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Chapter 3: From the Scopes Trial to Darwin on Trial

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pp. 51-72

Bryan’s death threw fundamentalism into some disarray.1 The movement lost focus, but not energy, as creationists reorganized, established publications, and took advantage of new media platforms—radio in the 1930s and television in the 1950s. The loss of Bryan’s leadership meant reorganizing and rethinking his progressive politics and liberal interpretation, ...

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Chapter 4: Intelligent Design and Resurgent Creationism

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pp. 73-96

Defining “creationism” had become even more problematic by the 1990s. The term could encompass the traditional “young-Earthers,” who believed life and Earth were created spontaneously less than 10,000 years ago and that humans came into being in their present form. ...

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Chapter 5: Science on Trial: The Ghost of Bryan

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pp. 97-113

Bryan’s twenty-first-century resurrection occurred in two places in the heartland. The first was Kansas, just south of his native Nebraska, the second a small town in Pennsylvania. In both cases, Bryanesque rhetoric permeated fervent appeals to individual rights and democratic principles.1 ...

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Chapter 6: Into the Mainstream

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pp. 114-131

Dover’s “Scopes 2” and Kansas’s design debacle were signal events, showcasing phenomena that no longer represented a mere oddity in American culture. Though creationists lost in Dover and Kansas, the events reflected a movement that had crept from an intellectual backwater to the political mainstream.1 ...

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Chapter 7: Creationism's Web: In the Museum, On the Net, at the Movies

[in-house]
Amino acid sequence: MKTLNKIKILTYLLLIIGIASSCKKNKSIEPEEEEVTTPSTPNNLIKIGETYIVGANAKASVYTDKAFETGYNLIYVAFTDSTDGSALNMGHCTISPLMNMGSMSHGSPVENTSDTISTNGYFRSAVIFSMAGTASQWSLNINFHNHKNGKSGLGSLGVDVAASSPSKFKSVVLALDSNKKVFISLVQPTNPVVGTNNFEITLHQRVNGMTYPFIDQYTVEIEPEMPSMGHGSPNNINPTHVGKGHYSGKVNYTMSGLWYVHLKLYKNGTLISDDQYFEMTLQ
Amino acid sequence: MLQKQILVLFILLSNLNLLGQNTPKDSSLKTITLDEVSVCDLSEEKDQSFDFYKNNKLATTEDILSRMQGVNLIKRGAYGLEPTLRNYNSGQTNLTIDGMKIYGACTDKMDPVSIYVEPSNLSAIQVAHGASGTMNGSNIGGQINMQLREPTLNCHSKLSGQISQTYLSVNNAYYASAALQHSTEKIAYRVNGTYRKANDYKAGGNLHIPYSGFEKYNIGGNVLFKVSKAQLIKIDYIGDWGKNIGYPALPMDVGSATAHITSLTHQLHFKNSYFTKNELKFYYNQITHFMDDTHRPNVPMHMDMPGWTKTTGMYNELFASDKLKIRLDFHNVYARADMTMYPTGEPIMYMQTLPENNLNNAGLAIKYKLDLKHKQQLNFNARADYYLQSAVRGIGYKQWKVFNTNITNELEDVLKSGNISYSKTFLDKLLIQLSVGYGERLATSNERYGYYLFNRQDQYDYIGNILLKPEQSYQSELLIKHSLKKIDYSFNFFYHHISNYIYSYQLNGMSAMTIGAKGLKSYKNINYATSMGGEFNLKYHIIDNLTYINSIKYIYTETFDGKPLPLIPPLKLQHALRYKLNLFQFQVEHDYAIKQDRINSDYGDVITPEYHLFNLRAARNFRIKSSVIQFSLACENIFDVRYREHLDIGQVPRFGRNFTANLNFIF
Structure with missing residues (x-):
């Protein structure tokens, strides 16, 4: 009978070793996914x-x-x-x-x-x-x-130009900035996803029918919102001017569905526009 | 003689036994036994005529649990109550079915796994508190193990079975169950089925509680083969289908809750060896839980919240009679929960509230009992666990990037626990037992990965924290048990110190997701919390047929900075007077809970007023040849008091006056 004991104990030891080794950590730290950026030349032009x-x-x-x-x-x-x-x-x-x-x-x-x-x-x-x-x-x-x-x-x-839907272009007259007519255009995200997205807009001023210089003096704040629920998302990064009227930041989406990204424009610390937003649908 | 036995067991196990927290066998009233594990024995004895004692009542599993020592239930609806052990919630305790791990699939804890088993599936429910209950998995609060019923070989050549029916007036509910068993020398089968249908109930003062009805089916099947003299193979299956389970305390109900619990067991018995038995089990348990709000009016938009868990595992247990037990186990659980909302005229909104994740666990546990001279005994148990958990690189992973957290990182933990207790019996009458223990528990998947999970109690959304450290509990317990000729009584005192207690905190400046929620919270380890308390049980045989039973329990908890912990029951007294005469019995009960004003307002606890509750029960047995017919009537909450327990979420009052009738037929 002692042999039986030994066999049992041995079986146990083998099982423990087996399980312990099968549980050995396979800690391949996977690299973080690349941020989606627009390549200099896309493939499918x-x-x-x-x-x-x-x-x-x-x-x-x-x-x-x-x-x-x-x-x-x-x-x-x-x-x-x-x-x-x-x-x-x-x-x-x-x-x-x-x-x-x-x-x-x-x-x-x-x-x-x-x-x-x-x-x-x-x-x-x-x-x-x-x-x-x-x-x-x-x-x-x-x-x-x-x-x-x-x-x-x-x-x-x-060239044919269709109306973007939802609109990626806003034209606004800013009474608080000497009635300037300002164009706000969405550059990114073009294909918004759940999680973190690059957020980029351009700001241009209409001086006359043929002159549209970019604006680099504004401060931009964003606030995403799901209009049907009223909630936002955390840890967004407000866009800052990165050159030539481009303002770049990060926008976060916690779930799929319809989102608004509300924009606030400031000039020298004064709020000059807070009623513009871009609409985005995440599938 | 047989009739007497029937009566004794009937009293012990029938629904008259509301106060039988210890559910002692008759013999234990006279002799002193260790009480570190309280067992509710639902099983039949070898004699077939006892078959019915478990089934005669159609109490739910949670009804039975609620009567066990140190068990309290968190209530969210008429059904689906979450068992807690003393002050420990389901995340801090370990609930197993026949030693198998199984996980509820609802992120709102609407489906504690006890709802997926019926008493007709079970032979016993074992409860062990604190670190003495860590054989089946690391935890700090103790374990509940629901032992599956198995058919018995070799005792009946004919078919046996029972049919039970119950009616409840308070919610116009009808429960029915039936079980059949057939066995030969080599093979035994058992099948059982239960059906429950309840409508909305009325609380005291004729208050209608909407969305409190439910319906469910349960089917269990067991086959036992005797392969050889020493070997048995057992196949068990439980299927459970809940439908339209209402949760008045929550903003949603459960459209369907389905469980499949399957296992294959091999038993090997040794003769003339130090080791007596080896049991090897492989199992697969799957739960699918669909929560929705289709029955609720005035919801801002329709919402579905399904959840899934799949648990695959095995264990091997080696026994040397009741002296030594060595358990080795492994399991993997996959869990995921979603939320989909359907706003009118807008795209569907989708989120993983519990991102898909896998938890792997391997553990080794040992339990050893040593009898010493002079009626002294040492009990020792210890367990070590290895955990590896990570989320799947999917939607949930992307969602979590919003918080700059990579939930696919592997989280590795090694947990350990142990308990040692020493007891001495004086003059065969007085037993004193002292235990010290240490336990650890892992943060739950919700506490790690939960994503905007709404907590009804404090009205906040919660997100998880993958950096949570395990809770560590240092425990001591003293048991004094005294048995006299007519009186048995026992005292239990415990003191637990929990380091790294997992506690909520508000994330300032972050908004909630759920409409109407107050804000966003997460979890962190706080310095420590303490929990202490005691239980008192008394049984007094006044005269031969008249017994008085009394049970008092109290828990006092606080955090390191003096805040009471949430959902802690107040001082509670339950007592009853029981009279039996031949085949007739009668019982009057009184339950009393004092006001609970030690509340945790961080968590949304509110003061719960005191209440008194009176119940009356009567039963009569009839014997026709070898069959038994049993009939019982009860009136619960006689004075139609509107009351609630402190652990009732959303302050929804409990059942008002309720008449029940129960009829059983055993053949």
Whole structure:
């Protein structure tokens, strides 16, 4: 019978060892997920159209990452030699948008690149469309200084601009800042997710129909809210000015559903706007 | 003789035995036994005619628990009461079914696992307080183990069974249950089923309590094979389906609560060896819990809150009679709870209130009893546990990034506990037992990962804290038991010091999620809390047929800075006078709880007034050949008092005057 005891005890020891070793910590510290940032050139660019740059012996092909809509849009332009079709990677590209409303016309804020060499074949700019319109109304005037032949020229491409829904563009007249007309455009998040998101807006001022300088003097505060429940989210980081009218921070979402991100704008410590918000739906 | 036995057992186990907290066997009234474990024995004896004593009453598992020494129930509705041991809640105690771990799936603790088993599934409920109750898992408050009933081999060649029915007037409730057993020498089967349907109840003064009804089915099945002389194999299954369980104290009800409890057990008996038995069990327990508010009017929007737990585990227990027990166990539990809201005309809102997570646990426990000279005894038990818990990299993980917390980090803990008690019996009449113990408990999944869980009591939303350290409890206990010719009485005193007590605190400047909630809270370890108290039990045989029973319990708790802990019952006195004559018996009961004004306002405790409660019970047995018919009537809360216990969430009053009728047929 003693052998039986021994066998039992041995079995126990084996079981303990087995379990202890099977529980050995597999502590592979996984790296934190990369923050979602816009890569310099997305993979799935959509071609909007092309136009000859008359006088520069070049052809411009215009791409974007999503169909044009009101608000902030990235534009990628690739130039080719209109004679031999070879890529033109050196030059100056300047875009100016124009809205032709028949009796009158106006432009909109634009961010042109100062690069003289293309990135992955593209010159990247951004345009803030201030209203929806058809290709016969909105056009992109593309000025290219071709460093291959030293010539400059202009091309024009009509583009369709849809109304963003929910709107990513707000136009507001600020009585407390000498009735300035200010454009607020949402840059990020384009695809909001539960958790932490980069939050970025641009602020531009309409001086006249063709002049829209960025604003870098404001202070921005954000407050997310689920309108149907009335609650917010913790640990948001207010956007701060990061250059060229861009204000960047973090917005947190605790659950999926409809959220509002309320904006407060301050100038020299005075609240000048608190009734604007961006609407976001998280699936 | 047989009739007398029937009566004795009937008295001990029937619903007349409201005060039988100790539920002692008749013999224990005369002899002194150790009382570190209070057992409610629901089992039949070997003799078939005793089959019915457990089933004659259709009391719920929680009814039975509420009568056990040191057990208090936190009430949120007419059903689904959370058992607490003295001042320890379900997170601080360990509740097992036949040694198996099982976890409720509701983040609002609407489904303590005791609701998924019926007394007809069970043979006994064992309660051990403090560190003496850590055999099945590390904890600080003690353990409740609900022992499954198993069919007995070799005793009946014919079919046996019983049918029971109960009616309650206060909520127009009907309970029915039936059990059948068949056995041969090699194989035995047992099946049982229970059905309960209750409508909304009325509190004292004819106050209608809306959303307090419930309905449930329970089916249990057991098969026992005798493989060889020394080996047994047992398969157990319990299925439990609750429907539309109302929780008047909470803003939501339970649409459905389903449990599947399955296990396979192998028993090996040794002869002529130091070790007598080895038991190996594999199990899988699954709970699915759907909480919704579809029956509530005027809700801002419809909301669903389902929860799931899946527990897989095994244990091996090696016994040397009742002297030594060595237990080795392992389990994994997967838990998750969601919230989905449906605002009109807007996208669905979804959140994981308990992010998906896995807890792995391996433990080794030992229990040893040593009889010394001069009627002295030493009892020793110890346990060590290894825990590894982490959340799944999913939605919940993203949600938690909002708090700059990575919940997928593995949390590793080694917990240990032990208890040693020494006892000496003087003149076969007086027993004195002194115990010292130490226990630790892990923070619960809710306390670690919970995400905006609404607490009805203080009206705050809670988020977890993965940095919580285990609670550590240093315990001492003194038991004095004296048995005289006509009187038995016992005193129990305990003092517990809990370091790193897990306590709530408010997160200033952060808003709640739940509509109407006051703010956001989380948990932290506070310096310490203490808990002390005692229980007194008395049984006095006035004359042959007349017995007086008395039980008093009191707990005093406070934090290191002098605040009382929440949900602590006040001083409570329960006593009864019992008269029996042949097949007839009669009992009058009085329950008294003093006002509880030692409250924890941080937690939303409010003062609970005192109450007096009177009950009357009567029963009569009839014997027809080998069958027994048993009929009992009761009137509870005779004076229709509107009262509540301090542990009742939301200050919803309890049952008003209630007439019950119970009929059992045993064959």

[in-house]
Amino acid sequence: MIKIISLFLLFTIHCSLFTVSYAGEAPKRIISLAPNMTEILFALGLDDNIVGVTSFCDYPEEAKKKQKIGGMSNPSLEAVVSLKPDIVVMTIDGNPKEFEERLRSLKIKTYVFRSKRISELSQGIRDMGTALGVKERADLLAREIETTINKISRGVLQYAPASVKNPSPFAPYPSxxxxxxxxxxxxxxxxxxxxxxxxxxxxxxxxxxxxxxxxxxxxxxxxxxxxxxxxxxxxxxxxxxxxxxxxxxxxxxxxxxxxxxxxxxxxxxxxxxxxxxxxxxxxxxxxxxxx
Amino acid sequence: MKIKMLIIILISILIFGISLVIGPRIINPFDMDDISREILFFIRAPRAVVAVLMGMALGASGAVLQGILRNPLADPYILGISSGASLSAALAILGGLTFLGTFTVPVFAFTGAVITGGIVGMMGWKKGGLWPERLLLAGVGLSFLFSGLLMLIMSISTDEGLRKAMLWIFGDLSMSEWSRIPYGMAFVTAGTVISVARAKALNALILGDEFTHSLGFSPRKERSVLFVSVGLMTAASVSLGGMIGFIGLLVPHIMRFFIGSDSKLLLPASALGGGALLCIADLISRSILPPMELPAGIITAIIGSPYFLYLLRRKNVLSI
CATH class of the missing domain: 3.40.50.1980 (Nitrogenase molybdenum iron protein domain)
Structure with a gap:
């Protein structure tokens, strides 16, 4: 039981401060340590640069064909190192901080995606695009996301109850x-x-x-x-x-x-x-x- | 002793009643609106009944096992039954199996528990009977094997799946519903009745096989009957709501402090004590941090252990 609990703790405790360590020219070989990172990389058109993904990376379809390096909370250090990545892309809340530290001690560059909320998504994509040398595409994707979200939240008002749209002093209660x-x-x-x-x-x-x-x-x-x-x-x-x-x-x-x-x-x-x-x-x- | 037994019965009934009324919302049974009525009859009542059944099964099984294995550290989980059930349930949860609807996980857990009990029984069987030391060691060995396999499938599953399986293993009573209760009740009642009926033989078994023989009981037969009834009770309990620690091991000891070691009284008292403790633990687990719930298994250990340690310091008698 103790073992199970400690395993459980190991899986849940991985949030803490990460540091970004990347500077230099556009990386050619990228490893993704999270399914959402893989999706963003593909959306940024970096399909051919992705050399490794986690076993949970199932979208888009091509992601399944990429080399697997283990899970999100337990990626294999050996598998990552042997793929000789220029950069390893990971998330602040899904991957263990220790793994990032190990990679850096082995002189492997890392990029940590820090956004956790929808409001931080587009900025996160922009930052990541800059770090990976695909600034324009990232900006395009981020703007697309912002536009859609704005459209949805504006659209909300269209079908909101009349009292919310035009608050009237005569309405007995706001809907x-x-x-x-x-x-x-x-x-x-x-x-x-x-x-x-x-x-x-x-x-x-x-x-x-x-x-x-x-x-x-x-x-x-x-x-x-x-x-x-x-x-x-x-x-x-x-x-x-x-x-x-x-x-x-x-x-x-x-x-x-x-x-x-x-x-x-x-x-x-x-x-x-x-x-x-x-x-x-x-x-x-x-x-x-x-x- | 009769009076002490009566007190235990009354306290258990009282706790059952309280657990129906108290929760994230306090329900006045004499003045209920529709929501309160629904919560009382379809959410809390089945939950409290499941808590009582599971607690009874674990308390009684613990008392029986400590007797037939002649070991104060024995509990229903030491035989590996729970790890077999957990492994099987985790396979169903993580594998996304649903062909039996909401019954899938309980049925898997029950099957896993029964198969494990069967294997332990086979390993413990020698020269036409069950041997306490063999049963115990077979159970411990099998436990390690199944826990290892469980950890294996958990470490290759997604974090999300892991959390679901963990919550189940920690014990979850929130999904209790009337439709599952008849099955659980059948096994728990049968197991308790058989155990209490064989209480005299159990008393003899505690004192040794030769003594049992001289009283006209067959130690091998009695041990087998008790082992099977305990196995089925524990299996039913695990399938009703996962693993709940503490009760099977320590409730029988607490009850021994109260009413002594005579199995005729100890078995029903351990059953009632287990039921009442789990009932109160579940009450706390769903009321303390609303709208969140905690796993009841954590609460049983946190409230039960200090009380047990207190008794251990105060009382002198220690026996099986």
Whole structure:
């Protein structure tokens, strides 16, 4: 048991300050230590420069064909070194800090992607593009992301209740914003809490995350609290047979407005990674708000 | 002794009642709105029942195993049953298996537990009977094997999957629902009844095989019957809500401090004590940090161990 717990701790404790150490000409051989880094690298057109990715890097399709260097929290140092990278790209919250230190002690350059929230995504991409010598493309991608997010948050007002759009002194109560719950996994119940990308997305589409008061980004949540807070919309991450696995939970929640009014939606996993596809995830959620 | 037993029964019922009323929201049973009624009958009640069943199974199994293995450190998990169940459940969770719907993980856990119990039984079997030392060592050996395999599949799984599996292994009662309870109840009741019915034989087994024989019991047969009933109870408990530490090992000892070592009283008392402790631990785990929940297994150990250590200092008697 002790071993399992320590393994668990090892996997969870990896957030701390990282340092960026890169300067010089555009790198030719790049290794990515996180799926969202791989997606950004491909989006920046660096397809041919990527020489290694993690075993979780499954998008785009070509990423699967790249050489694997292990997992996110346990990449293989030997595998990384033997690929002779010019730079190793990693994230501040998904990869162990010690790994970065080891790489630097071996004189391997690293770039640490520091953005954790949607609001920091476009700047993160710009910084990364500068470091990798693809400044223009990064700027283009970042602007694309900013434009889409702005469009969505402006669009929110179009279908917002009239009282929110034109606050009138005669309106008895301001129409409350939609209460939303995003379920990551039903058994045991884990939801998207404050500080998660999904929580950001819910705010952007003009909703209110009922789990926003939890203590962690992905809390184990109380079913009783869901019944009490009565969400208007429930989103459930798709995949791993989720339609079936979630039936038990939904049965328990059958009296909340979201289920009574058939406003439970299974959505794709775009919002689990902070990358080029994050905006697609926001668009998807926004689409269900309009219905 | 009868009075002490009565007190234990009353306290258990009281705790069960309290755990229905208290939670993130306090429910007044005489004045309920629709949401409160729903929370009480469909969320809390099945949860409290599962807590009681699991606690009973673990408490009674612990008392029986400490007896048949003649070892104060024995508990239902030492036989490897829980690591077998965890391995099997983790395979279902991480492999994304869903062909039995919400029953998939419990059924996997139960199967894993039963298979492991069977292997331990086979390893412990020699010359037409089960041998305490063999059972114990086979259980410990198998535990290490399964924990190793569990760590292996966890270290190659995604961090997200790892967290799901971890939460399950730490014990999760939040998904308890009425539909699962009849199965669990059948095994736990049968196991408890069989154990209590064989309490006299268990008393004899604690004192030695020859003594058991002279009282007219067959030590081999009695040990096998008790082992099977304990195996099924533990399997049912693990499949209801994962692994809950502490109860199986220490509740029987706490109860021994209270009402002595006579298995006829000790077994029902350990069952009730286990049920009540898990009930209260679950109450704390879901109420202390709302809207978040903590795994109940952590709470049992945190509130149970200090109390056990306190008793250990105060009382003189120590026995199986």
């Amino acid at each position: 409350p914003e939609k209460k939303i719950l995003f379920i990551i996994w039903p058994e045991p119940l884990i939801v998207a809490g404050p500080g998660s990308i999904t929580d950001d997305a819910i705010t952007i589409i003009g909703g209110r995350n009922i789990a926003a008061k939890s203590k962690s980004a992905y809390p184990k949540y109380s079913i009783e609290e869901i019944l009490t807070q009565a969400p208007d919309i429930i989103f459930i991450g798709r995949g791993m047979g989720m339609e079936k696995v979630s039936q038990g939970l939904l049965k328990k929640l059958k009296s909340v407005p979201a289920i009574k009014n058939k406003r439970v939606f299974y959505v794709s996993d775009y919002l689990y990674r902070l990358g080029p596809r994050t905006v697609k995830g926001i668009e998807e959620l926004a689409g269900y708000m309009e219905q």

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pp. 132-151

By the end of the twentieth century, the Scopes trial was no longer a humiliation for creationists but an indignation.1 The problem, according to creationists, had been to make any compromise with literalism’s naysayers. Creationists recast and remythologized Scopes as a lesson, their defining moment in the fight against evolution. ...

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Chapter 8: Legacy

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pp. 152-168

The Scopes trial was the first public performance of modern America’s science-versus-religion drama.1 Its high visibility and dramatic quality gave it a special place in the subsequent fight because the trial defined terms and tactics that have endured into the twenty-first century for the antievolution movement. ...

Notes

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pp. 169-192

Index

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pp. 193-2040


E-ISBN-13: 9780252095306
Print-ISBN-13: 9780252038013

Page Count: 216
Publication Year: 2013

Research Areas

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Subject Headings

  • Creationism -- United States -- History.
  • Evolution (Biology) -- Religious aspects -- Christianity -- History.
  • Intelligent design (Teleology) -- History.
  • United States -- Church history -- 20th century.